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An American Girl: Chrissa Stands Strong
A lot or a little?
The parents' guide to what's in this movie.
What parents need to know
Parents need to know that this movie packs a wallop of a message about bullying, but manages to entertain in the process. Watching as a family would be an excellent way to approach the topic of bullying as it may affect the children in the household. A new kid in town is picked on mercilessly by her 4th grade classmates. A recently deceased grandpa is discussed with tears and smiles. One character is mildly injured in a diving accident. Children of diverse sizes and ethnicities are depicted.
- Parents say
- Kids say
What's the story?
In its first movie not focused on an historical figure, American Girl chooses a pertinent 21st-century topic with AMERICAN GIRL: CHRISSA STANDS STRONG. Engaging new girl in town Chrissa (Sammi Hanratty) is shy but determined to make new friends when she starts fourth grade at her new school in Minnesota. She doesn't count on the Mean Bee posse, led by blonde and brittle Tara (Adair Tishler), who do all they can in person and online to thwart Chrissa's determination to fit in. Well-meaning parents and a clueless teacher don't appreciate the depth of the problem that Chrissa is trying to handle alone. The bullying escalates to affect others in Chrissa's life before she realizes that she has to stand up for herself.
Is it any good?
Let's hear it for great casting, understated child actors, and a strong vein of humor (in the form of Chrissa's imagined torment of her oppressors). Chrissa Stands Strong manages to skim the melodramatic after-school special feel that it might otherwise have. Hanratty and Tischler are perfect foils, and the evolution of side characters from doormats to strong girls is nice to observe. It's a relief, too, to see these modern 10-year-olds dressing and acting like children, not tiny adults. Michael Learned makes an appearance as a widowed grandma with a penchant for llamas, 30 years after The Waltons.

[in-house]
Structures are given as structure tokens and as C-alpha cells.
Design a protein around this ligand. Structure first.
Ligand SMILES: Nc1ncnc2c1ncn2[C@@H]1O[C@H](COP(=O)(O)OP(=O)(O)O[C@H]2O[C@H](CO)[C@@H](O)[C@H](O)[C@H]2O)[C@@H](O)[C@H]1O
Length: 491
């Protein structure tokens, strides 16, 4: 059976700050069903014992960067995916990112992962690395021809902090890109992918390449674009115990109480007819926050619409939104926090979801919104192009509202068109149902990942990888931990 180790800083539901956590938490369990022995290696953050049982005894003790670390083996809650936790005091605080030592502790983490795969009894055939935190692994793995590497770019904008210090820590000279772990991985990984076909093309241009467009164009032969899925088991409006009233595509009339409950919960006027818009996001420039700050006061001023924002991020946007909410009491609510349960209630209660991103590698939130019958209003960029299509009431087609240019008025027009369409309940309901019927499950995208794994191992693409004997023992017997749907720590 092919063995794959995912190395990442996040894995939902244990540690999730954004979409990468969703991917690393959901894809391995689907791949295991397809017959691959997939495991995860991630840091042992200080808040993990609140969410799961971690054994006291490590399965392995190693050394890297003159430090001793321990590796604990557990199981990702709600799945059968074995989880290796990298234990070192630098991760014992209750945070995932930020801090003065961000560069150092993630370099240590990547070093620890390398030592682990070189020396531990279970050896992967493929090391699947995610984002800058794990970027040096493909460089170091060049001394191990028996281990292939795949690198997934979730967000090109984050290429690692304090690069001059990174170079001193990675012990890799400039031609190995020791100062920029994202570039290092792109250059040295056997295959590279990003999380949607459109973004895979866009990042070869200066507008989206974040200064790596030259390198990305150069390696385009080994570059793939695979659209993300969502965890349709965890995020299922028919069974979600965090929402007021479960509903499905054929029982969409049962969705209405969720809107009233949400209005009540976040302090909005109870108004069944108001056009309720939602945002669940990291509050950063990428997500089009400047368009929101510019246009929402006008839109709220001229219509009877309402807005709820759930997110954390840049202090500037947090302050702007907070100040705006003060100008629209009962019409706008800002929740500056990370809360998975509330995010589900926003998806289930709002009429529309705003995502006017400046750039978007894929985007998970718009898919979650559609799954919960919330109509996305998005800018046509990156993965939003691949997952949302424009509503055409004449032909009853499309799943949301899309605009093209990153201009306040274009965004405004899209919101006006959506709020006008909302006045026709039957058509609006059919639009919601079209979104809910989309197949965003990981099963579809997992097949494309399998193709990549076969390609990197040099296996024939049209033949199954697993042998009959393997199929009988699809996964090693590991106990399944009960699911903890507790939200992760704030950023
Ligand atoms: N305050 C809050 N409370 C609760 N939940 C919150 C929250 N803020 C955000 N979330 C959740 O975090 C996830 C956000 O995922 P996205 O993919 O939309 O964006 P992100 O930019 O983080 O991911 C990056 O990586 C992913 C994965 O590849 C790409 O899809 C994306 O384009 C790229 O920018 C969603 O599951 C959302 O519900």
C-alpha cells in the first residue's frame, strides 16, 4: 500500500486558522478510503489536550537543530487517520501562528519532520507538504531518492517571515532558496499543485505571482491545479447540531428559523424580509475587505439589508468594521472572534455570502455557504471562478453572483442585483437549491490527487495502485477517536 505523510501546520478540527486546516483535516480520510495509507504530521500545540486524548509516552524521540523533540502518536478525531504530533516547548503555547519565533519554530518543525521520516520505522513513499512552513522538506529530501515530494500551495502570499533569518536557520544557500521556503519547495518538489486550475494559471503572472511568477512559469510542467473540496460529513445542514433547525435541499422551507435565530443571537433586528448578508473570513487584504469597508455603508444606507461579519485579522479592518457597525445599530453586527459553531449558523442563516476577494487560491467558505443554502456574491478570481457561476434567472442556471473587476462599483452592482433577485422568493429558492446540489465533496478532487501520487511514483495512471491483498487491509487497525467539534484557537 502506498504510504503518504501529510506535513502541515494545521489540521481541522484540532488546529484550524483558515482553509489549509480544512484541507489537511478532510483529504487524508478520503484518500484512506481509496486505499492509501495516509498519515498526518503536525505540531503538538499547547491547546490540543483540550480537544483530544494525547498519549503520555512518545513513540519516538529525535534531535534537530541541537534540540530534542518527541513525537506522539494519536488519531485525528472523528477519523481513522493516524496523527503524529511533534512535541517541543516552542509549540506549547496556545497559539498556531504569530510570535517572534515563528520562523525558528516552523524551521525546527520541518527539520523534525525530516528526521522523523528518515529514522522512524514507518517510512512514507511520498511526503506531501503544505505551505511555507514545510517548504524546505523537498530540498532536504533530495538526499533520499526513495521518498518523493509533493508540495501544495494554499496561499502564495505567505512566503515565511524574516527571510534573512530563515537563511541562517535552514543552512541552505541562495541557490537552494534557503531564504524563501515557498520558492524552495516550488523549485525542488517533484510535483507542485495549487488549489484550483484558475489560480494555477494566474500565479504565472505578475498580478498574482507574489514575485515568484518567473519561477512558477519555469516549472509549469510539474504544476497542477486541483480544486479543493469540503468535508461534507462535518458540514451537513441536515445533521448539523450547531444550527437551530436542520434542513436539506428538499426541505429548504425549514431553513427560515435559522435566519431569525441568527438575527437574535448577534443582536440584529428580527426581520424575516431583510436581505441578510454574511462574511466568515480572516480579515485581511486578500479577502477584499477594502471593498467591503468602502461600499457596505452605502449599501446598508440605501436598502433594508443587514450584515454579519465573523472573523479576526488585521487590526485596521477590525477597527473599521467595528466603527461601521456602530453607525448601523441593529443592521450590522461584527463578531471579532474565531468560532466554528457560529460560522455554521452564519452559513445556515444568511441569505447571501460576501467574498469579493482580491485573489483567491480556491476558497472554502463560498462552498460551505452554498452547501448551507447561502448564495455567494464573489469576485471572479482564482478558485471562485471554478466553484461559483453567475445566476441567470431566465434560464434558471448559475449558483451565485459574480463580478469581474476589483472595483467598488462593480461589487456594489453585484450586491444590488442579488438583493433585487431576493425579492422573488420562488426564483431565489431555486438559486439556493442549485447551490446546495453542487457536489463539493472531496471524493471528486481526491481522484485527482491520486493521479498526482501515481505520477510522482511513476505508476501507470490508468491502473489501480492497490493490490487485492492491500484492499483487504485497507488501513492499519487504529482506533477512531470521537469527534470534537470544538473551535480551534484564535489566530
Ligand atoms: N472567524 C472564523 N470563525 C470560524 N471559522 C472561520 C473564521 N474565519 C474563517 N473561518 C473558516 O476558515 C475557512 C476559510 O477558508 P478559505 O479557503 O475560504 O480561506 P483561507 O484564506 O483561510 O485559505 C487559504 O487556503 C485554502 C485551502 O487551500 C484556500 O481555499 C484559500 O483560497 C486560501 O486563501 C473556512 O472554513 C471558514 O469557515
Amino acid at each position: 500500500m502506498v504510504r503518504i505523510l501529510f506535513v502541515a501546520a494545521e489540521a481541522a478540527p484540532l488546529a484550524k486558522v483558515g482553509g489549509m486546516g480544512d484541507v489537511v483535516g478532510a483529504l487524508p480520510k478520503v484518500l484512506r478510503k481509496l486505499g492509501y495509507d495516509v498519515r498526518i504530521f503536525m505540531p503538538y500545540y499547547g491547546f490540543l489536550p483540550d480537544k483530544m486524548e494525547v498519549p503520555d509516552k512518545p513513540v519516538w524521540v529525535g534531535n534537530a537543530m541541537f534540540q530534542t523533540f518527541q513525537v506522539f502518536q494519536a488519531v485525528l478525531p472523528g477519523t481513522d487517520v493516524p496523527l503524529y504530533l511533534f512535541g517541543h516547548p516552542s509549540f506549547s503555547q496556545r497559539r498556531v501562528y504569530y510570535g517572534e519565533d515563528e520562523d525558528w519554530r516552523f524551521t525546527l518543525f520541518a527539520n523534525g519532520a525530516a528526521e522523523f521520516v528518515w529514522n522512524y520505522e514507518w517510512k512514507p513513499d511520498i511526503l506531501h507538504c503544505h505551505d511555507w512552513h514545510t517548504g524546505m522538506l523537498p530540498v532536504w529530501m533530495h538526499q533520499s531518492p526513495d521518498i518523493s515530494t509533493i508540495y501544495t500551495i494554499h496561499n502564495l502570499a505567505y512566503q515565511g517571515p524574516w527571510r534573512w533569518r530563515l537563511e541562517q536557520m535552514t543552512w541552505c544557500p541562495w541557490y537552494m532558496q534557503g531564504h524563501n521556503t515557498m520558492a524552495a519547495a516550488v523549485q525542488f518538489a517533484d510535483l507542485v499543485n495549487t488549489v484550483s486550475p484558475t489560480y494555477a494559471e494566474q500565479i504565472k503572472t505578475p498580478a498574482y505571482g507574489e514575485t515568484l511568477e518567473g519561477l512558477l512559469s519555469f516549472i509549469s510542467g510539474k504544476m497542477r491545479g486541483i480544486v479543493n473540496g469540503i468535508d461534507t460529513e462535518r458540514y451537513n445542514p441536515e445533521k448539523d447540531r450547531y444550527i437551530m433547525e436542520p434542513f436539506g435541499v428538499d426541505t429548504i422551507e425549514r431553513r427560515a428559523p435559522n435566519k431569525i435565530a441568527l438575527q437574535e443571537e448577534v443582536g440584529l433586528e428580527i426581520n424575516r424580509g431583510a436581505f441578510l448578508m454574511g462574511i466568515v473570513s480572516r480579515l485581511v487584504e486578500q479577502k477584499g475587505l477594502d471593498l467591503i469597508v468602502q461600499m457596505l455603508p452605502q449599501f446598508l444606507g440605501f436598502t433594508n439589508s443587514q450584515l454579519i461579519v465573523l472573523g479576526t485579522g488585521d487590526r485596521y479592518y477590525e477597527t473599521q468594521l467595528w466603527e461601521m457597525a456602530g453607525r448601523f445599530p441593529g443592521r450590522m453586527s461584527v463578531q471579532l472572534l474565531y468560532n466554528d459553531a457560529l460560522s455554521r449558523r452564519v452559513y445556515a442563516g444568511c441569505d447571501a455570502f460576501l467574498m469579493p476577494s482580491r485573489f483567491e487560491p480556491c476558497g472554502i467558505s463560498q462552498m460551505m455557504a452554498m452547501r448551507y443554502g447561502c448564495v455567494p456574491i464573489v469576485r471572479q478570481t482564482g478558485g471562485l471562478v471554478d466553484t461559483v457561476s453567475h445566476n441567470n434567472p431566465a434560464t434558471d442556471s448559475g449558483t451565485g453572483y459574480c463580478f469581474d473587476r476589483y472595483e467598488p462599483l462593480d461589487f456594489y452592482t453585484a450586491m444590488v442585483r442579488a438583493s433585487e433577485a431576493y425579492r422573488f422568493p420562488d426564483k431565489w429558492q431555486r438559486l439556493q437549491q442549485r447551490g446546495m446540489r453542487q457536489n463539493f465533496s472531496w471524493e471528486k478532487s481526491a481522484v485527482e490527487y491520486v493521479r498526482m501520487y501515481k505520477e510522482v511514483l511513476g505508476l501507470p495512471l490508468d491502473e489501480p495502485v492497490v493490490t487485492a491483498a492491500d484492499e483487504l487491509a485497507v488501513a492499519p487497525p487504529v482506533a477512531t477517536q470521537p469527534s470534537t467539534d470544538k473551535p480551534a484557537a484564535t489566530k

But the most valuable part of this movie is the way that it can pry open the door between parents and kids about the issue of physical, mental, and cyber-bullying. The parents, played by Annabeth Gish and Timothy Bottoms, make some missteps in how they handle Chrissa's woes, as do school administrators. Kids and adults alike may come away from this movie with a heightened awareness of the dangers of bullying, a better sense of how to identify it, and best of all, some approaches for addressing it.
Talk to your kids about ...
Families can talk about Chrissa's travails. Have you, or any of your friends, been subjected to similar treatment? How have you tried to solve the problem?
What are clues that a problem you may be having is too big for you to solve alone -- when should you involve an adult, whether it's on your behalf or on behalf of a friend?
For kids who love family dramas
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Common Sense Media's unbiased ratings are created by expert reviewers and aren't influenced by the product's creators or by any of our funders, affiliates, or partners.